NewsLocal News

Actions

Keep the receipts: New law aims to protect renters against landlords who won't make repairs

Posted at 8:31 AM, Sep 29, 2020
and last updated 2020-09-29 08:53:31-04

RICHMOND, Va. -- At a time when Virginians are struggling through the pandemic, some don't want to rock the boat with their landlords when it comes to asking them to make essential repairs.

A new law on the books now gives those Virginia tenants more protection.

The law, which went into effect three months ago, allows you to make those repairs and deduct the cost - up to $1,500 from your rent.

“When they send that notification to the property owner, put it in writing and keep a track record of it,” Patrick McCloud, CEO of the VA Apartment Management Association, said.

McCloud's group was at the table when state lawmakers crafted this bill. He said it was a direct aim at slumlords who simply aren't making required repairs.

McCloud said he believed the need to even have this bill spoke to a much larger looming problem — the lack of affordable housing.

“It really should be a wake-up call to policymakers that we really need to think about how we get more affordable housing to people,” McCloud added.

Christie Marra, with the Virginia Poverty Law Center, called the repair and deduct option a benefit to tenants.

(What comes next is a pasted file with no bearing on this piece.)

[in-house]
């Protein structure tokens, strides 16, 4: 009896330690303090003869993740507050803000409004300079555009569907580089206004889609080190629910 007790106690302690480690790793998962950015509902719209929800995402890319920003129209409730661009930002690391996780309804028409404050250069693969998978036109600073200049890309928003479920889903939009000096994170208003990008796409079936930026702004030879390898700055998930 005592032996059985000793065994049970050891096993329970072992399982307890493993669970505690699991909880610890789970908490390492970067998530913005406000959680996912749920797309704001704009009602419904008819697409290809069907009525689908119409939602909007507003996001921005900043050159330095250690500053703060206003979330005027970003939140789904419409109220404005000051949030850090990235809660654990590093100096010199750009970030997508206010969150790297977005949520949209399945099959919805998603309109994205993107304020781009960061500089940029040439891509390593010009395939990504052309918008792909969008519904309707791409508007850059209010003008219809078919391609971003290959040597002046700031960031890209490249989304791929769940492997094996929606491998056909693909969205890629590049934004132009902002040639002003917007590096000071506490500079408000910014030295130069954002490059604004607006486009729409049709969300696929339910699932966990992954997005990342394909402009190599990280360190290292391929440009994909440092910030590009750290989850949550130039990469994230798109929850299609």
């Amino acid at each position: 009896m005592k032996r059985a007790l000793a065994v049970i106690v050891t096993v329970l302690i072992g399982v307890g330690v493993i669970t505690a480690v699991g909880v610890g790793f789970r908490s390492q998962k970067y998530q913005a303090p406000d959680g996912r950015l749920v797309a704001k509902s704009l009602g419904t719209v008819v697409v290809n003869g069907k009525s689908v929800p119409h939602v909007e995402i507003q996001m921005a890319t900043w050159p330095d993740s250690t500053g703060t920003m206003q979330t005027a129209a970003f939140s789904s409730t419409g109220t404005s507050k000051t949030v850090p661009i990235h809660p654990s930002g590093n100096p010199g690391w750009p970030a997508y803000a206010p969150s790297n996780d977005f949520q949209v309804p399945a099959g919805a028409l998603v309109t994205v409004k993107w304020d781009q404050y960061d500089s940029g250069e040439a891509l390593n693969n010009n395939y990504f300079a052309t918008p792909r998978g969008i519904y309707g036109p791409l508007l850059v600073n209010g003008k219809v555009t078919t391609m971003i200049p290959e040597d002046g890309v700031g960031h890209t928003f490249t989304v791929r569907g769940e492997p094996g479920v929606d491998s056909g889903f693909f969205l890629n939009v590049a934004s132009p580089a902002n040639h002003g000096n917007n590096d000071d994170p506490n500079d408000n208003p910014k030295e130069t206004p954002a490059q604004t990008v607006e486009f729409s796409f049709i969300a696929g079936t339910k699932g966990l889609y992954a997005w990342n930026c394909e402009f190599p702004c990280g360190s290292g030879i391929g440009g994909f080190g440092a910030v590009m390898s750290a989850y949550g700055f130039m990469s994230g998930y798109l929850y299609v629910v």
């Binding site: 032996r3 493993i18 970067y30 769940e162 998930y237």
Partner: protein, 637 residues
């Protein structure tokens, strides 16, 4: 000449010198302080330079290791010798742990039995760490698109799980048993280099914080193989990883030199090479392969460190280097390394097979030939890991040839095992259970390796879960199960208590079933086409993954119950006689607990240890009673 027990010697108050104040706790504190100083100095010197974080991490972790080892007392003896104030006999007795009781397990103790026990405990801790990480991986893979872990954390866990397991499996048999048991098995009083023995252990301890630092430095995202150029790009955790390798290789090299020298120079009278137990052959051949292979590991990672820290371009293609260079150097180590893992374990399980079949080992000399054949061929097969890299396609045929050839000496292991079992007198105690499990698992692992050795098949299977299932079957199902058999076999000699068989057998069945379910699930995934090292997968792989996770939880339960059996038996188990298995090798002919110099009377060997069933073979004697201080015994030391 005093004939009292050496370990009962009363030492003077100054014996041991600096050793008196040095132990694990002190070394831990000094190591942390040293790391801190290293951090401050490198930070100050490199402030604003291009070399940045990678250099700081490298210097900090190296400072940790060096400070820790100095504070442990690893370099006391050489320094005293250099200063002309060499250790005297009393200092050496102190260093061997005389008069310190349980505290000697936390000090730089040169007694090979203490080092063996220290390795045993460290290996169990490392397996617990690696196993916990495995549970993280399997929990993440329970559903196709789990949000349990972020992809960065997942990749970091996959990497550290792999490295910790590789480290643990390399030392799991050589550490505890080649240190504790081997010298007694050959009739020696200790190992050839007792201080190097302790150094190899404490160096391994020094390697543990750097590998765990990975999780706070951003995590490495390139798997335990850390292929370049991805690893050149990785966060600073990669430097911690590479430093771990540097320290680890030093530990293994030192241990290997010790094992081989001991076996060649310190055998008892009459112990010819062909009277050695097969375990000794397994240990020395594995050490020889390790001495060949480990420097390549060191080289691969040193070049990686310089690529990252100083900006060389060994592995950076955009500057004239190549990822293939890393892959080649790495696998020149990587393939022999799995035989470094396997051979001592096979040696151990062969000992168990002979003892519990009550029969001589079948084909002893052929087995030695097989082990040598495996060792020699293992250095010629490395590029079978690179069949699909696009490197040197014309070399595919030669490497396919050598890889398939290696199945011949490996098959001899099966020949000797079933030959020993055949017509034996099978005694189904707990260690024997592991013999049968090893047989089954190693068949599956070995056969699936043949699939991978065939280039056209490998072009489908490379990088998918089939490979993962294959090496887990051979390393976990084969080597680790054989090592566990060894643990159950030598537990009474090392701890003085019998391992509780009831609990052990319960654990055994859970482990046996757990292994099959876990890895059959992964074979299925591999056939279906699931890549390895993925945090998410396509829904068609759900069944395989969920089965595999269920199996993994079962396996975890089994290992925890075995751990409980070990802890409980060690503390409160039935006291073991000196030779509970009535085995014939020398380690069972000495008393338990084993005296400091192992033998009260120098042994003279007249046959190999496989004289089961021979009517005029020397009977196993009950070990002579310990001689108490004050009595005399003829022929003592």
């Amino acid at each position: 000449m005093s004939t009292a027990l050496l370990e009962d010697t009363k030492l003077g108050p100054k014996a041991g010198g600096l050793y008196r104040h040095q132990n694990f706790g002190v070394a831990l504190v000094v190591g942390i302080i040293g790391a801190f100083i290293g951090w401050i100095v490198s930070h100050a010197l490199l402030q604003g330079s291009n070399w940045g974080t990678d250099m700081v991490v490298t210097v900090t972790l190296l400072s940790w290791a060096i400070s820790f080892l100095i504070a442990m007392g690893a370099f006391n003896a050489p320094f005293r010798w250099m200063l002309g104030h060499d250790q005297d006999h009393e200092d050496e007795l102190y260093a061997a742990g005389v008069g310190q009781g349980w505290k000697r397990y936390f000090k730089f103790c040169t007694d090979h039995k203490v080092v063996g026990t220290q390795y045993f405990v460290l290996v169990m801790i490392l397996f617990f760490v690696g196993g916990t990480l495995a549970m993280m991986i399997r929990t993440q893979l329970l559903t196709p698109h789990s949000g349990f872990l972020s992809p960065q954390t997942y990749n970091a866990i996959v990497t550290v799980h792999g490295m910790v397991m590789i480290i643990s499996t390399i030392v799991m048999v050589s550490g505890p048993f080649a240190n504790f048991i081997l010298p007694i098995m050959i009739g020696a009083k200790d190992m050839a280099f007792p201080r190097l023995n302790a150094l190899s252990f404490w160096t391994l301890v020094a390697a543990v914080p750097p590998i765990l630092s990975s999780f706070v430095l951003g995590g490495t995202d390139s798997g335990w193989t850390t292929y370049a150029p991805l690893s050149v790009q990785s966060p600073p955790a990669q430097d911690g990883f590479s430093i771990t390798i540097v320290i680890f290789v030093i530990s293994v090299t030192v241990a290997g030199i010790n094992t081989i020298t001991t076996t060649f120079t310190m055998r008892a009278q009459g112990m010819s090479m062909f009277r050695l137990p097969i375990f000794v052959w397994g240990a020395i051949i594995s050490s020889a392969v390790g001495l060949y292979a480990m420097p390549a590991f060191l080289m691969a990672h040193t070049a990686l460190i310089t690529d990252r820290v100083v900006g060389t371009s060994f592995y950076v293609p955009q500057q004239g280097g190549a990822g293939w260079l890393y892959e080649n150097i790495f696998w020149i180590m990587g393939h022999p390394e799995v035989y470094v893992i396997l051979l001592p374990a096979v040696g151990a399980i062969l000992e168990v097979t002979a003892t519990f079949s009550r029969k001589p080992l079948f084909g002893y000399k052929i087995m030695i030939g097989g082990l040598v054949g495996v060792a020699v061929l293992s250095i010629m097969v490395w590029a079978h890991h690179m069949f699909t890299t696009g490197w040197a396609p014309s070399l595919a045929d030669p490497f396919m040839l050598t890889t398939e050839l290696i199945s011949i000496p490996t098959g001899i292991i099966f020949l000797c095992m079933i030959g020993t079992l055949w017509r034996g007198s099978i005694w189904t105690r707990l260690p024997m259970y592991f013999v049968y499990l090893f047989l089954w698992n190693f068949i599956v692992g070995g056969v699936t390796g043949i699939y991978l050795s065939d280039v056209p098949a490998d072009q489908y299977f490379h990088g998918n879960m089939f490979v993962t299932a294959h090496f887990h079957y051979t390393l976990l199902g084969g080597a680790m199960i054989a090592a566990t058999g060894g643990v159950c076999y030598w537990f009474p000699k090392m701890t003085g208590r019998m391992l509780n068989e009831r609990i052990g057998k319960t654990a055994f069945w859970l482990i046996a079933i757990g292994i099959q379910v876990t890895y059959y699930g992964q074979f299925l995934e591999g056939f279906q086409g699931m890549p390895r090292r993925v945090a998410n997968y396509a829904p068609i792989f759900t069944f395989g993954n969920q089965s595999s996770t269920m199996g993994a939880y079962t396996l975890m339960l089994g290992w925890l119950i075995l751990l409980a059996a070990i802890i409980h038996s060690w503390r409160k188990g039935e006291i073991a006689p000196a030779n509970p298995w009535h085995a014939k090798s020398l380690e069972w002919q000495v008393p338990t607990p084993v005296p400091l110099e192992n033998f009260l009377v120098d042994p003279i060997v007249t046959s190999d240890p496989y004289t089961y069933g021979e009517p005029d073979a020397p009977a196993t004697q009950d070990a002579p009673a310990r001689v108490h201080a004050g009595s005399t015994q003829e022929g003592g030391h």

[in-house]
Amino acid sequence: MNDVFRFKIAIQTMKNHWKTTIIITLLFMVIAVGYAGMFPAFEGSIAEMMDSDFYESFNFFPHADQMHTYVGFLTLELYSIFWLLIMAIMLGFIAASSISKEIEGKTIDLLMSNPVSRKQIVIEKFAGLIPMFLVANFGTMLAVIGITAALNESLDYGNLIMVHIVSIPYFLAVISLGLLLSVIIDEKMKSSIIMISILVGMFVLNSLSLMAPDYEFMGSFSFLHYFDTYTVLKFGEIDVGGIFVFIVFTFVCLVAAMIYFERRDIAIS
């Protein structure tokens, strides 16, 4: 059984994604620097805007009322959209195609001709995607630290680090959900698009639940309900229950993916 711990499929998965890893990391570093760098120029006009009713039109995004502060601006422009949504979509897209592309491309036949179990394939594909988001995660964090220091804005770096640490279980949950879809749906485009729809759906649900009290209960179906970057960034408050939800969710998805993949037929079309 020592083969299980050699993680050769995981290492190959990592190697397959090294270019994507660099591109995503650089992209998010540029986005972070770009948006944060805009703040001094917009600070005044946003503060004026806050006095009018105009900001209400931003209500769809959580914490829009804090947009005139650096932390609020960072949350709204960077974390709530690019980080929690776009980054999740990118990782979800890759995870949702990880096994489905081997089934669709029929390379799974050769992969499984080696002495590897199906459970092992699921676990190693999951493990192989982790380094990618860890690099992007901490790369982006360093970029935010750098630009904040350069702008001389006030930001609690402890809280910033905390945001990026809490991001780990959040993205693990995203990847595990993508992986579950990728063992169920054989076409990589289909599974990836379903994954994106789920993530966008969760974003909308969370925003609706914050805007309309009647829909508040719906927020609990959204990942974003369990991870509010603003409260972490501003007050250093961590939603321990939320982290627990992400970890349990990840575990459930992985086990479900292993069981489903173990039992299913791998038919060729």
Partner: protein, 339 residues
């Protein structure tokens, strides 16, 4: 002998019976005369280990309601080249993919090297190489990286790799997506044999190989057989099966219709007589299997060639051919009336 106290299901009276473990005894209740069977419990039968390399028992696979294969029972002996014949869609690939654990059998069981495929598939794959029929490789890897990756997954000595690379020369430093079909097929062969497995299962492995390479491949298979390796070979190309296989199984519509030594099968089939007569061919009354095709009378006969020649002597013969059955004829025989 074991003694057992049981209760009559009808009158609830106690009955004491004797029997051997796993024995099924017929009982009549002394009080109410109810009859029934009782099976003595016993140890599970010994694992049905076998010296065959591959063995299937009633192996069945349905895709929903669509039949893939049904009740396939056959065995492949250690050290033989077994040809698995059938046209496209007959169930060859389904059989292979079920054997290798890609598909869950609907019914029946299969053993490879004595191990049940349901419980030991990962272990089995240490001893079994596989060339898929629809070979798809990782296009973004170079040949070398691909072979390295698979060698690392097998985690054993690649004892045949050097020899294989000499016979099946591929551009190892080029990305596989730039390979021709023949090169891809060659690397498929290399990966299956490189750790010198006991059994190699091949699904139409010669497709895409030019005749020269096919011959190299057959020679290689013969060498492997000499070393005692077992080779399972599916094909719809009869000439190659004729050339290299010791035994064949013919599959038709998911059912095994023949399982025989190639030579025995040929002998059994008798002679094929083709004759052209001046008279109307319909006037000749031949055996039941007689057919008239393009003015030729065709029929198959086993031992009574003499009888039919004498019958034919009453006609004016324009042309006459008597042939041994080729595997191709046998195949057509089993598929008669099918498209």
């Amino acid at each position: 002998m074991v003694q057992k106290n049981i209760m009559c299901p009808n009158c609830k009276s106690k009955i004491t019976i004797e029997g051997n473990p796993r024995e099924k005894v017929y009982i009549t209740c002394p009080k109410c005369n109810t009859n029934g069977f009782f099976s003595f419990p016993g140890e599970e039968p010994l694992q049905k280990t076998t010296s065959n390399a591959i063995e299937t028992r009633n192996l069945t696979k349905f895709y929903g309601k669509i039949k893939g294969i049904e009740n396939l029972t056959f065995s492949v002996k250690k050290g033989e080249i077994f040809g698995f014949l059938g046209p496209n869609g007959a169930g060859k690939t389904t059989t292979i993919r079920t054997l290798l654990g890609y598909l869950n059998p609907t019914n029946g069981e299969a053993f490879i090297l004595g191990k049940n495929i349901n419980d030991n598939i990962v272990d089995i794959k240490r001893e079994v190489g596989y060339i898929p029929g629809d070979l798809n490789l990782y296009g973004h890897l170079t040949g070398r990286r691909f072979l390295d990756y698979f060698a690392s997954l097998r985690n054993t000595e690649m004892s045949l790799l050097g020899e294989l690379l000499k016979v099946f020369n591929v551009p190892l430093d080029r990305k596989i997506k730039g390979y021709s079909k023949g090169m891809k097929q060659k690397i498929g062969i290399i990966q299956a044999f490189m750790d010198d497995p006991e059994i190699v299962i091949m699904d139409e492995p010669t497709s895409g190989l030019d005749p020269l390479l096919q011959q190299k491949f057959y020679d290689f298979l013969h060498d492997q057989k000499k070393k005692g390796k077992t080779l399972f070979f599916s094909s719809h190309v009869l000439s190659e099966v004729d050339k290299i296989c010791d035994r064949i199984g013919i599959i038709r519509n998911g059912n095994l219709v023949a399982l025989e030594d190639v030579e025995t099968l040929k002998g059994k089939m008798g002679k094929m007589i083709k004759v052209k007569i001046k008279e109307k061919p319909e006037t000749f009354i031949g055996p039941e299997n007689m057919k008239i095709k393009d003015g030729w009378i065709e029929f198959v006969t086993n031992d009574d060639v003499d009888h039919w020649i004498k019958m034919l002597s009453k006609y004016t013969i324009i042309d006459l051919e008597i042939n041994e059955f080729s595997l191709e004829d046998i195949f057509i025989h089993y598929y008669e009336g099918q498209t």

“The idea is for the tenant to be empowered to make repairs to their home that are needed to keep the home safe and healthy condition, but they do need to give the landlord an opportunity to make the repairs first, ” she explained.

That time frame is 14 days.

If the landlord doesn't take action, the tenant can hire a licensed contractor to do the work and present a receipt to the landlord. By law, the landlord must deduct the repair amount from next month's rent.

“If the tenant has the receipt and the tenant has a copy of the new law, then the judge is going to kick that case out," she said when asked what would happen if the landlord demanded full rent and took the tenant to court. "So, it really does start to level the playing field."

If they don't have money to do repairs, renters can get help from a church or non-profit which would get a licensed contractor to do the work pro bono.

The contractor can provide the renter an invoice for what they would have charged.

That invoice can be presented to the landlord, so the renter can still receive the rent deduction.